The basic problem with wind is that it cannot supply power on demand. ...This is no doubt troubling to those who have been led to believe that wind power is a worthwhile antidote to atmospheric carbon buildup, but the facts indicate otherwise. Each remedy proposed by wind advocates to compensate for the failings of wind technology requires more and more taxpayer-funded support, masking the true costs of letting wind energy loose on the grid.
“I want to hear from the public,” Anderson said. “That is what I want to hear. I represent the Bluefield area, and I need their input. I want the people in my district to know what’s going on ... Hardly no one spoke at the first public hearing, and we didn’t act on it. “
Anderson’s plea for public input is vital — and much appreciated. All too often people do not speak up about public issues until it is too late.
The issue of building large windmills along the crest of East River Mountain has the potential to blow into a furious debate.
Wind developers also covet those ridge tops, but for different reasons. It's an opportunity for them to make money - risk-free and at taxpayer expense. While there's nothing unusual about businesses scrambling to take advantage of government handouts, the justifications of the wind developers for getting this special kind of treatment need a dose of informed public scrutiny. Indeed, industrial wind development in general could use a major reality check.
The state of West Virginia needs to step in and demand answers from Nedpower. First, their destruction of five miles of state road needs to be paid for. Next clarification of the Spanish turbine purchase, how many turbines are they now planning to install? And then last but not least, the illegally sited turbines that are in breach of federal siting requirements - when will they be removed or relocated?
Shell Oil executives should rightly be very nervous, and the state executives should be monitoring the situation to ensure the State is not left with a massive clean-up operation if Shell Oil pulls out aburptly.
If there ever was a time to proceed cautiously, it is now with respect to “wind farms” in West Virginia. The potential benefits to the State are so insignificant, while the potential environmental and economic consequences so enormous, that a moratorium on all wind power facilities (not just those near airports) is in order.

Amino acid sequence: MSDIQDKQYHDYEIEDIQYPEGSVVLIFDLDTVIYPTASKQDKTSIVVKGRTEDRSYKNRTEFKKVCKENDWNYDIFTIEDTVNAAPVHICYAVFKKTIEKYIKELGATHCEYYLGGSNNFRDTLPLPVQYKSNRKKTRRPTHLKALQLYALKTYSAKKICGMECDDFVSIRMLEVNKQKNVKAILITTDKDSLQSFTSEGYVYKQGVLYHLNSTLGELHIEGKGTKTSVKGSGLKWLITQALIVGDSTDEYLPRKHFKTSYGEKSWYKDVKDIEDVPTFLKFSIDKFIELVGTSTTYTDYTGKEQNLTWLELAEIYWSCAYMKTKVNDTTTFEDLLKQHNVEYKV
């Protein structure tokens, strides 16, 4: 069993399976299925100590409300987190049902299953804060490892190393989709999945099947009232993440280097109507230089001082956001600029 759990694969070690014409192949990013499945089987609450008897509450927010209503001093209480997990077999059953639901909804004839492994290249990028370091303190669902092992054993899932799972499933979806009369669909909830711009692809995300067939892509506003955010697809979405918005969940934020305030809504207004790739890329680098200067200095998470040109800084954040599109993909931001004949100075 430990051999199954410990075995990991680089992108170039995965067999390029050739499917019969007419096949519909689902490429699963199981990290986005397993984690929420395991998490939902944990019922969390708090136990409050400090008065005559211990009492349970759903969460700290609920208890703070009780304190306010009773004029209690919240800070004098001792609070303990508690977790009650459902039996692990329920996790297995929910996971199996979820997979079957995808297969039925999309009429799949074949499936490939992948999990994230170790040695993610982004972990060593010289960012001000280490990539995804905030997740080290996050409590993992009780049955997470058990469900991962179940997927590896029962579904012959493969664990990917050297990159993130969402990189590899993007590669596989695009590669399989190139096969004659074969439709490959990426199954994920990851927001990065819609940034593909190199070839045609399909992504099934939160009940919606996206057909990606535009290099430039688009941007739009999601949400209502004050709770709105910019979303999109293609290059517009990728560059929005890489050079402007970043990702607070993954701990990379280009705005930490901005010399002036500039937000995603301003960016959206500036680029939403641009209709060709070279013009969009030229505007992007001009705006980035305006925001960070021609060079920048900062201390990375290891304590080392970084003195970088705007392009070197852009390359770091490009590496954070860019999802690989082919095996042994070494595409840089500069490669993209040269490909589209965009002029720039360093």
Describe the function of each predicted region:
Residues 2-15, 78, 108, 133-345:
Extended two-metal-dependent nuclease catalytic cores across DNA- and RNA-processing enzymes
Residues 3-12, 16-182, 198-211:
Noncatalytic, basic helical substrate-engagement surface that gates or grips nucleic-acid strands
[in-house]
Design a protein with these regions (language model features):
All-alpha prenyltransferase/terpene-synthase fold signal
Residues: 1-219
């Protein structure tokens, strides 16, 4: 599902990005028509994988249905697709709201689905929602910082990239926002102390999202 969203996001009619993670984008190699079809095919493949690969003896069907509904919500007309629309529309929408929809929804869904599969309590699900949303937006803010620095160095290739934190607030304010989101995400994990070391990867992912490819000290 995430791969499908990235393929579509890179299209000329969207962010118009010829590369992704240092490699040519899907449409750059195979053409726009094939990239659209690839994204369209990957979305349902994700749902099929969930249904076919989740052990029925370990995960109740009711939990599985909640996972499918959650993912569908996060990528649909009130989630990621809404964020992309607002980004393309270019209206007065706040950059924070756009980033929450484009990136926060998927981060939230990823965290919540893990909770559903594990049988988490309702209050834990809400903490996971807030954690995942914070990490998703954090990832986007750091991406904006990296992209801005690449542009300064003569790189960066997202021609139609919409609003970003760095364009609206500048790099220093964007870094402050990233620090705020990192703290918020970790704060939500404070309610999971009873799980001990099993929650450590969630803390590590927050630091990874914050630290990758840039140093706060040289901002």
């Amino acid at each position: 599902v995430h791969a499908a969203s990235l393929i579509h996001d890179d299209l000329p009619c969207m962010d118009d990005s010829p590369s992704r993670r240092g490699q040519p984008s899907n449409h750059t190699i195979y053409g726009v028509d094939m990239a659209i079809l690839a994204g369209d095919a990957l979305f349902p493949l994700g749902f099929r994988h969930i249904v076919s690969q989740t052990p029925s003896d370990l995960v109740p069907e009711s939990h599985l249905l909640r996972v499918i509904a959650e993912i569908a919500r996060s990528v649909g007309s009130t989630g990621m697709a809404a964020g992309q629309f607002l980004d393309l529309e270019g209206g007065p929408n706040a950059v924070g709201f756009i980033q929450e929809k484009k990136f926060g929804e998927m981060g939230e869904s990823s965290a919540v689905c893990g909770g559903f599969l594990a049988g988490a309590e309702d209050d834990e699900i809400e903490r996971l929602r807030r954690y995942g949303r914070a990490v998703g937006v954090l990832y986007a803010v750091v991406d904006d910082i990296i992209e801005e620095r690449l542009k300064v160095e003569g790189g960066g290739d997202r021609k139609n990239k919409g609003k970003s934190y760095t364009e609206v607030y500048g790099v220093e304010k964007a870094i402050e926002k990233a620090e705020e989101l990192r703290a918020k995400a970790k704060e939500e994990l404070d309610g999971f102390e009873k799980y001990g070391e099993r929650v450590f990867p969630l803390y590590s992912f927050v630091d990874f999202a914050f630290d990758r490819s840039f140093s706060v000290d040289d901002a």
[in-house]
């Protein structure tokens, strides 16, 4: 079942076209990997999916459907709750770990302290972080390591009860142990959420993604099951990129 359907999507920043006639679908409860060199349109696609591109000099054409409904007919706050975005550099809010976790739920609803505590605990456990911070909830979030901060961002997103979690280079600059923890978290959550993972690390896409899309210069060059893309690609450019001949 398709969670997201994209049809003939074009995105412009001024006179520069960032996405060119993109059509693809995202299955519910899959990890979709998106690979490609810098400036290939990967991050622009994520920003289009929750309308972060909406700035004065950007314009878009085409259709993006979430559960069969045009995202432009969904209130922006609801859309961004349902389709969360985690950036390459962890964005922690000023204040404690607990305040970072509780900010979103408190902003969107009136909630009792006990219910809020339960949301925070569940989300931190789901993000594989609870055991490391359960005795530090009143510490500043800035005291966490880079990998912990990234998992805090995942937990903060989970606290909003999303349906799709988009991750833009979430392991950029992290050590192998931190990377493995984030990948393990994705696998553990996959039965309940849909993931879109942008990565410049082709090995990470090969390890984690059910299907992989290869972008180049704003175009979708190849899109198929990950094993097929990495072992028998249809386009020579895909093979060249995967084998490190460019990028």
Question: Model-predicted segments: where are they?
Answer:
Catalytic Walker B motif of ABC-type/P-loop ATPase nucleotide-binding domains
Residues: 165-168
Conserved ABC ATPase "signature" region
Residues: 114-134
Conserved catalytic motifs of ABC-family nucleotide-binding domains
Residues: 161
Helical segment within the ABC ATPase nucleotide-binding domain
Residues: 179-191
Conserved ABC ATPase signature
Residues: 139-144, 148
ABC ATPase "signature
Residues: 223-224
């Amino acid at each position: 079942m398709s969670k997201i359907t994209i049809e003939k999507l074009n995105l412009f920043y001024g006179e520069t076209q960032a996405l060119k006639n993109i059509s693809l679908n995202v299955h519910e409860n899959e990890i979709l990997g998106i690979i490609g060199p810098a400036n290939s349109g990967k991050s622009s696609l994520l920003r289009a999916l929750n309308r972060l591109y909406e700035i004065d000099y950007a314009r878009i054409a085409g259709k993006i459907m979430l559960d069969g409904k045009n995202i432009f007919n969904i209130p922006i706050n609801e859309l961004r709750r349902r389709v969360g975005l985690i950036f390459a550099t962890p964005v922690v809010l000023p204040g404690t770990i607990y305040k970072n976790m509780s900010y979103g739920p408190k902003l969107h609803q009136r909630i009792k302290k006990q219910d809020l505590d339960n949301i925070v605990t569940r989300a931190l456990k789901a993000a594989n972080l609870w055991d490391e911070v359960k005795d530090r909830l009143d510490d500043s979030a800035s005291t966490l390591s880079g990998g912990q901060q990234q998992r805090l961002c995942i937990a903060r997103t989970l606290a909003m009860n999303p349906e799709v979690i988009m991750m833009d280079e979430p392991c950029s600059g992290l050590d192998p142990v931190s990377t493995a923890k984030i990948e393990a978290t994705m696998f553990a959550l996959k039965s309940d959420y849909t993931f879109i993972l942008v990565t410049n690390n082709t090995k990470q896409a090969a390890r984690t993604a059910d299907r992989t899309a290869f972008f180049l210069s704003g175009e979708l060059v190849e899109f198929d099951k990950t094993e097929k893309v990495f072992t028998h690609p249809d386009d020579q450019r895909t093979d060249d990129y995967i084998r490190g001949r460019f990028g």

Rep. Alan Mollohan is proving refreshingly thoughtful and farsighted on one of the emerging issues facing West Virginia - the pros and cons of wind power.
He makes a persuasive case that the state should regulate its newest energy industry now.
On Tuesday, the 1st District congressman told a congressional subcommittee he is very concerned about the impact wind farms could have on the wildlife and natural beauty of the state......Mollohan is right. It's time to slow this heavily subsidized stampede.
My basic position on wind energy in our state is that before decisions are made on building industrial turbines across our mountain ridges, we should have a good idea of what the costs as well as the benefits of those projects will be to West Virginians, both now and in the future. There can be honest disagreements about what those costs and benefits will be, and how they should be weighed. But I hope no one would disagree with the proposition that the decisions to be made on wind turbines - which raise the prospect of permanently altering the face of our State - should be made in a fully informed, considered way.
To that end, I believe the immediate need is for there to be a serious, public discussion of wind energy in this State. Members of the news media can play an important part in this discussion, but only to the extent that they report the facts, study the issues carefully, and issue thoughtful commentaries -- rather than merely publishing industry talking points.
Being neither pro nor con on wind turbines, I would like some facts on them. How much power do they produce in megawatt hours?
Will it take 20,000 of these structures to replace 20,000 megawatts of power in our coal fired grid?
Is enough voltage produced to push this power over 100 miles? ...
I have 23 years experience in power generation and have seen political fads come and go.
We would all like to lower our energy costs. ...Wind turbines are a good idea, but are they practical or just another tax break for power companies?
Nedpower's continuing blundering puts them in strong contention as the World's Worst Wind Project. If it was not so sad it would be funny. Their grasp of a what a carbon neutral foot print is would make Al Gore cringe.
Here's the easy "How to run a wind farm project like Nedpower" 20 point check list:
Now, to top it off, a Chicago (the windy city) corporation would like to put up over 100 giant wind turbines (as tall as 40-story buildings) blinking and twirling for all to see, across the highest, grandest mountain ridges of our state.